April 3, 2012, 10am PDT
Census data reveals that California is the most urbanized state, with the most dense urban areas. But in California, sprawl, density, crowding, and urbanism are not always what they seem. Fortunately, a new law may help planners make sense of it all.
California Planning & Development Report
April 2, 2012, 7am PDT
A conference held in London last Tuesday, called "Planet Under Pressure," provided a forum to begin to answer the question, reports Roxanne Palmer.
International Business Times
March 30, 2012, 9am PDT

In advance of next month's National Planning Conference, the APA and editor David C. Sloane, have produced the landmark book, Planning Los Angeles.

Jonathan Nettler
March 13, 2012, 2pm PDT
Inspired by three books published in the last year that help to elucidate the role of cities and density in making people and countries richer, Ezra Klein compiles some lessons for economic development in the United States.
The Washington Post
Blog post
March 7, 2012, 3pm PST

In For A New Liberty, libertarian intellectual Murray Rothbard writes that leftist intellectuals had raised a variety of complaints against capitalism, and that "each of those complaints has been contradictory to one or more of their predecessors.”  In the 1930s, leftists argued that capitalism was prone to ‘eternal stagnation”, while in the 1960s, they argued that capitalist economies had “grown too much” causing “excessive affluence” and exhaustion of the world’s resources.  And so on.

Michael Lewyn
March 6, 2012, 7am PST
Mark Hinshaw calls an end to the use of the term "suburb" to describe the communities ringing Seattle, and the inferior connotations attached to it. It's a term that he thinks has outlived its usefulness.
Blog post
January 1, 2012, 3pm PST

I had heard of “dense sprawl” and “density without walkability” in the past, but before spending a week in Jerusalem last month, I had never really lived through these problems.

My parents (who I was staying with) rented a unit in a high-rise condo complex called Holyland Tower.  Although Holyland Tower was the tallest building in the area, there were numerous mid-rise buildings, and lots of two-and three-story apartment and condo buildings.  While walking through the idea, I saw nothing resembling a single-family home.  In sum, this area was a pretty dense neighborhood in a pretty dense city (Jerusalem’s overall density is roughly comparable to that of the city of San Francisco).

Michael Lewyn
October 31, 2011, 5am PDT
David Baker Architects latest public housing project in Oakland, California shows that high-density living can be attractive and feature a variety of housing types, writes Allison Arieff.
The Atlantic Cities
October 28, 2011, 11am PDT
In Vancouver, B.C., a newly approved plan to increase density along the Cambie corridor is sending housing prices skyrocketing and causing concern among residents about the character of their neighborhood.
CBC News
October 24, 2011, 2pm PDT
Elizabeth Farrelly suggests that happiness is only a possible side benefit to the true goal of cities, which is "...getting stuff done and, more importantly, generating the ideas that get stuff done."
The Sydney Morning Herald
October 5, 2011, 5am PDT
In this article and accompanying video, architecture critic Michael Kimmelman and Planning Commissioner Amanda Burden tour the Melrose section of the South Bronx. Along the way, affordability and density are apparent hallmarks of the undertaking.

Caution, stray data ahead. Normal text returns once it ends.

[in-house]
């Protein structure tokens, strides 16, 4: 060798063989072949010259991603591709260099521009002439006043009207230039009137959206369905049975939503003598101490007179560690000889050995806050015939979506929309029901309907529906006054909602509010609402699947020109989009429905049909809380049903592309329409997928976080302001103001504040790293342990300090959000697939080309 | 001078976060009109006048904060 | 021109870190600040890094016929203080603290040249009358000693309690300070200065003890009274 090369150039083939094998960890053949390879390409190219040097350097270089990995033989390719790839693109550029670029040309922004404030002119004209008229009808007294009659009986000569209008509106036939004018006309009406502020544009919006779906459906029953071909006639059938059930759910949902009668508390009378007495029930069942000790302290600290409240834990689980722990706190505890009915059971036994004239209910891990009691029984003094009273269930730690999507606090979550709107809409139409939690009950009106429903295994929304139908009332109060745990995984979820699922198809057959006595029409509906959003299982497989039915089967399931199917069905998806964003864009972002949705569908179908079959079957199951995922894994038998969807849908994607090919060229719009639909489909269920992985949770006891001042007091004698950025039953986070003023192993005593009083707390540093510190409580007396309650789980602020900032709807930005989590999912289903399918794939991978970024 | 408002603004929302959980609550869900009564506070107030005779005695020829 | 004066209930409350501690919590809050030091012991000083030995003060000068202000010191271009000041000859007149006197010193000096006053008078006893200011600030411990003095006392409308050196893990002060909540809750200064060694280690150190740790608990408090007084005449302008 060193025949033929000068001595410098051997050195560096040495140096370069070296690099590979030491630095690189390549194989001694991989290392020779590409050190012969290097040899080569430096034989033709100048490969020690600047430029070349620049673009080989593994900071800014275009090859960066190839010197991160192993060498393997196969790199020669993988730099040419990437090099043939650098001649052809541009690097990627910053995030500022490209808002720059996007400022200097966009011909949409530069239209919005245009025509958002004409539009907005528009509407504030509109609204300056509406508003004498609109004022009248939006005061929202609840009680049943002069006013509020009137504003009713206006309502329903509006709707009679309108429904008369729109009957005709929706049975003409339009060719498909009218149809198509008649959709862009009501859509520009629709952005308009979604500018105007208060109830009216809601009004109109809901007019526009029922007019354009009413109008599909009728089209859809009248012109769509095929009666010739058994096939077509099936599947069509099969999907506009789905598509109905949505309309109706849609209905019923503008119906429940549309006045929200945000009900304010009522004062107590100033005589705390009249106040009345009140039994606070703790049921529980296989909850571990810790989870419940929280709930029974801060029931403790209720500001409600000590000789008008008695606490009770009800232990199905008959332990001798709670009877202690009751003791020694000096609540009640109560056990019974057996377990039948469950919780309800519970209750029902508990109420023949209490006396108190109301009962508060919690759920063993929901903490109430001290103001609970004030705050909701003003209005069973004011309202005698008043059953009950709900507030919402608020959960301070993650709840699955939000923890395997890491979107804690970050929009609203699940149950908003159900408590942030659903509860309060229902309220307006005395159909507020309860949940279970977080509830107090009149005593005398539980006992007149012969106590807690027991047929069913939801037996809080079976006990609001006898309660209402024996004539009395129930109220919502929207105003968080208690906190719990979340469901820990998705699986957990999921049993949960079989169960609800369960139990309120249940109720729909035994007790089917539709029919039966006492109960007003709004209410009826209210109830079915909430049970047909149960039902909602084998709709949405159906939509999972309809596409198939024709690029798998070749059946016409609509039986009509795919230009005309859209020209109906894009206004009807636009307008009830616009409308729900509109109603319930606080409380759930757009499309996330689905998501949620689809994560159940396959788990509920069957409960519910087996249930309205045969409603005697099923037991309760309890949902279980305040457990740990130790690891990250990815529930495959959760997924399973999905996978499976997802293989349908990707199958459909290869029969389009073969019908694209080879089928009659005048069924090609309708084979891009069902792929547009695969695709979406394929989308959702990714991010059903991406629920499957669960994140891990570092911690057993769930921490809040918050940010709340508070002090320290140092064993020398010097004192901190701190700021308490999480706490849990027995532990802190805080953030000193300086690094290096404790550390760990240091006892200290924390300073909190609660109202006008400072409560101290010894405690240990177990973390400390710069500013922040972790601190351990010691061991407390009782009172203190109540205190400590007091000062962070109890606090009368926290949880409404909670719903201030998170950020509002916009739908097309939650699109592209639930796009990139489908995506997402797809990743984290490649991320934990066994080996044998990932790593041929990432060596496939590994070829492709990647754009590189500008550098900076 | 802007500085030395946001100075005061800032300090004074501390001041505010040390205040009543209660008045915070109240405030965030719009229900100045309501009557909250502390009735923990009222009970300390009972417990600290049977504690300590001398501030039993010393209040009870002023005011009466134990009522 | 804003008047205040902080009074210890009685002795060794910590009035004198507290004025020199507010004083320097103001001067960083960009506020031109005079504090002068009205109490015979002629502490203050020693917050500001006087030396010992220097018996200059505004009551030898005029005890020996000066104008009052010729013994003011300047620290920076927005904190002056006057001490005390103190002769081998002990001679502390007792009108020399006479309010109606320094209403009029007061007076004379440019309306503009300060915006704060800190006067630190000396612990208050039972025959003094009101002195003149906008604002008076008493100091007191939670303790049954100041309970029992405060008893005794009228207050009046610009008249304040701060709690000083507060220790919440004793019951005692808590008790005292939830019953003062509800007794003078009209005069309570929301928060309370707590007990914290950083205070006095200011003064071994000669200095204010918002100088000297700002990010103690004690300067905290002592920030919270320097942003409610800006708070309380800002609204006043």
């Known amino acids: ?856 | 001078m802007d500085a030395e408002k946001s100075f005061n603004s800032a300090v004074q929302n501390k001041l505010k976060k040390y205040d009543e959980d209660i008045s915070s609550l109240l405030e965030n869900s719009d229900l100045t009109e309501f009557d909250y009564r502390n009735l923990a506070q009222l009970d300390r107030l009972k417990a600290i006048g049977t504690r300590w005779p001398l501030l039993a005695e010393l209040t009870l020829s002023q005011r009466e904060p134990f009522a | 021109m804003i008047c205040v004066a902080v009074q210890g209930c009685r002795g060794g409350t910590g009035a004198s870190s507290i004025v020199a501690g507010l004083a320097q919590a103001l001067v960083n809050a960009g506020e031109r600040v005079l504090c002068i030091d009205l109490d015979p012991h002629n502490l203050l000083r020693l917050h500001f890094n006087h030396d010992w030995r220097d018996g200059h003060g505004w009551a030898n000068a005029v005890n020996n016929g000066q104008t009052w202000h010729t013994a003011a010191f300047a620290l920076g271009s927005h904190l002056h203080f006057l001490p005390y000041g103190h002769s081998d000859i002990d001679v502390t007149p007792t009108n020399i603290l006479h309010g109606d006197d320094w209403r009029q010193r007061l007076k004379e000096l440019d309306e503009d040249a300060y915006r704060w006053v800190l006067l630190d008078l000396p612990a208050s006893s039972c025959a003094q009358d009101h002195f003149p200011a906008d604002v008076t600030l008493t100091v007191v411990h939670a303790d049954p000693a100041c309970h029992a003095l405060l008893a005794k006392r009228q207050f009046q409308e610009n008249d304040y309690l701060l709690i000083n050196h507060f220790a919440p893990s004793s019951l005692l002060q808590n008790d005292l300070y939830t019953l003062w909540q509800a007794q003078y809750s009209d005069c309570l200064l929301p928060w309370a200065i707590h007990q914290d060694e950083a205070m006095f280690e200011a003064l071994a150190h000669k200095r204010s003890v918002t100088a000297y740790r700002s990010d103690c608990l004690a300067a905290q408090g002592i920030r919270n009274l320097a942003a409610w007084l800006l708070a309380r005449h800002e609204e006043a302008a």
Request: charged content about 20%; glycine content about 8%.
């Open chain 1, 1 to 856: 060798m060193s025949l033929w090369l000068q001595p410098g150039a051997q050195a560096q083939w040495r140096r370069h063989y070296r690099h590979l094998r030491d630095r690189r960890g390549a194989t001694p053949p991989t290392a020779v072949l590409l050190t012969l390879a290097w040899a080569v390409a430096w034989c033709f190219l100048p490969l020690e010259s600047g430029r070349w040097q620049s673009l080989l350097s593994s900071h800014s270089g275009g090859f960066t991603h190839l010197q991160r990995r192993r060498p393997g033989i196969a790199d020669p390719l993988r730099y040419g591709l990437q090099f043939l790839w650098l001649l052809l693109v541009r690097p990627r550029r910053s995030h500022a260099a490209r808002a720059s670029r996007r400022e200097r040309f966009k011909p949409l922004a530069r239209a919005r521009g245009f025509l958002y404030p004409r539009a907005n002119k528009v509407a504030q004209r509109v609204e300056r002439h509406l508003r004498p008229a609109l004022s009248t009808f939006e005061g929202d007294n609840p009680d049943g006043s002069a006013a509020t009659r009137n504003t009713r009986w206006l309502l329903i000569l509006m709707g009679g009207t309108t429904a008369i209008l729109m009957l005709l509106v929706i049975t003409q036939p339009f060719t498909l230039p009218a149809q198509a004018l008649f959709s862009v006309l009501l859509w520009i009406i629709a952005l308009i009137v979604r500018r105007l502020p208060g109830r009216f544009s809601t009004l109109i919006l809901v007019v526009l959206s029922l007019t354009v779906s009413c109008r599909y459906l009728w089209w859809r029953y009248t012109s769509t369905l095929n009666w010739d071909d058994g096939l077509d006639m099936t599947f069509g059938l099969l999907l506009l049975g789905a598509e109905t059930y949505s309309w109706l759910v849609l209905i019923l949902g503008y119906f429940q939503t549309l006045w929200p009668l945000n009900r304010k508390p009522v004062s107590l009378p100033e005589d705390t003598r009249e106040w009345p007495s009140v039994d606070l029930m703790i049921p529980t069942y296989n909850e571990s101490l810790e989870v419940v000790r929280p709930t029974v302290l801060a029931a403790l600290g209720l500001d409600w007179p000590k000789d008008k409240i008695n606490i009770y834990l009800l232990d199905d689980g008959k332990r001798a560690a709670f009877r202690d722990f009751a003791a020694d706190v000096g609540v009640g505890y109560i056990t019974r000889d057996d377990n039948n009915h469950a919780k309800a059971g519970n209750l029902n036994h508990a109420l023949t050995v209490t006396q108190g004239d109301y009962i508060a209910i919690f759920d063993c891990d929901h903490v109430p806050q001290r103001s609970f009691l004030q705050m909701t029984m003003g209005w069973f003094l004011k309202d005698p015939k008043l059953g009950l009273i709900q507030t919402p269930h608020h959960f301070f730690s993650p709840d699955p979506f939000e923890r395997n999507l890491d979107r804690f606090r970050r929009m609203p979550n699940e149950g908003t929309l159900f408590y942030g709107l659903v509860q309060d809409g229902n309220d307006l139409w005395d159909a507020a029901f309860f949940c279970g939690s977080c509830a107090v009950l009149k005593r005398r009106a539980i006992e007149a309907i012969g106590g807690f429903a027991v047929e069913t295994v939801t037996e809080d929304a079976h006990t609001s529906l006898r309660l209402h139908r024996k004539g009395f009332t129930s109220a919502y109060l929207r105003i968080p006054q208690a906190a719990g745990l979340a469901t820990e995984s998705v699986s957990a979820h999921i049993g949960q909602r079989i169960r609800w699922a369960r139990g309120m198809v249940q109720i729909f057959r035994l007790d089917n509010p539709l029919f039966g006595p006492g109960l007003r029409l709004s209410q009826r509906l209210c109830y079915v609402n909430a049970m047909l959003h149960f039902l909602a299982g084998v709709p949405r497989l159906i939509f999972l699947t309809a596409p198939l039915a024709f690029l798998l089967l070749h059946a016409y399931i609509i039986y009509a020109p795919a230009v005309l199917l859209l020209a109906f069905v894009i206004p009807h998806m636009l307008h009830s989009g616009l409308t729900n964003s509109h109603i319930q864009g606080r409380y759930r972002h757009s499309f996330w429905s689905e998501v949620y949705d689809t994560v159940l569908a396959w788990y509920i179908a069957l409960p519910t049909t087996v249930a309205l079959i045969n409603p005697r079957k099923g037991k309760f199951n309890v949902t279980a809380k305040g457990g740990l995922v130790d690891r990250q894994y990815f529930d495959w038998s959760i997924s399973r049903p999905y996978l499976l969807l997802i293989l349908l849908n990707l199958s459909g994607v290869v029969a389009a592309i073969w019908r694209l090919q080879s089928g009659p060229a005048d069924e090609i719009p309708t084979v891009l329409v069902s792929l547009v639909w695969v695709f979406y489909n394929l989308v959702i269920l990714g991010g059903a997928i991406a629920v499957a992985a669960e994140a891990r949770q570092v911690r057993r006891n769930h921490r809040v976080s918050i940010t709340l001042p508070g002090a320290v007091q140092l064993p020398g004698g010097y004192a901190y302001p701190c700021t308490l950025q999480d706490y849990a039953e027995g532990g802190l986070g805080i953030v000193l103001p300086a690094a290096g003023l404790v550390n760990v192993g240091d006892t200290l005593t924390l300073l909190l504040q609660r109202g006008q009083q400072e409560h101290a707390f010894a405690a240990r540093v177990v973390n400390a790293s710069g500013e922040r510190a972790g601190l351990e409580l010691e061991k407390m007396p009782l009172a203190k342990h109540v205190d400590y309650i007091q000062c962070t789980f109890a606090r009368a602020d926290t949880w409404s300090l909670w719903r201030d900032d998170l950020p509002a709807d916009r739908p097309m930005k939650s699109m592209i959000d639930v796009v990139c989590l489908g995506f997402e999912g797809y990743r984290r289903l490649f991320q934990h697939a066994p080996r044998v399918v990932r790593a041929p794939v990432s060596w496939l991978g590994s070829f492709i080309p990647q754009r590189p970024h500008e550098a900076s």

The New York Times
Blog post
October 4, 2011, 1pm PDT

In a recent post, Todd Litman criticized the Texas Transportation Institute's Urban Mobility Report.  In this post, I'd like to do something a little different: assume that TTI's congestion estimates are more or less reliable, and try to learn something from them.  So here are a few observations:

Michael Lewyn
September 8, 2011, 11am PDT
A new land use study based on the 2008 "comp plans" data reveals a significant shift toward mixed-use and transit-oriented developments (TODs) in the Twin Cities seven-county metro area.
Finance And Commerce
September 5, 2011, 9am PDT
Economist Ryan Avent writes that the statistics show that people who live in denser cities have better jobs and are more productive.
The New York Times
September 1, 2011, 11am PDT
Are skyscrapers the way to achieve great density, or a form of retro-urbanism that should be retired? With a debate simmering in the planning world over the energy efficiency and urban necessity of tall towers, Planetizen's staff decided to determine the answer once and for all.
Tim Halbur
August 18, 2011, 10am PDT
Scientific American presents evidence that "high density living" is hardwired in humankind, and as populations grow, density increases.
Scientific American
August 9, 2011, 6am PDT
Alex Steffen presents the idea that by focusing development into "hyperdense" communities you create a host of benefits that reduce climate change by reducing trips.
August 3, 2011, 8am PDT
Jenny Sullivan of Builder Magazine spots a trend for slightly increased densities in suburban towns, creating urban-lite communities that are attracting city dwellers who would never have dreamed of living in the burbs.
Builder Magazine
July 17, 2011, 9am PDT
Chuck Wolfe explains how the fusion of laundromats and dining are evidence of the evolving city and the ongoing need for regulatory reform.
Sustainable Cities Collective
June 24, 2011, 8am PDT
It is commonly accepted that most U.S. cities couldn't support transit-only streets. But Wellington, New Zealand is a model any U.S. city could follow, writes Jarrett Walker.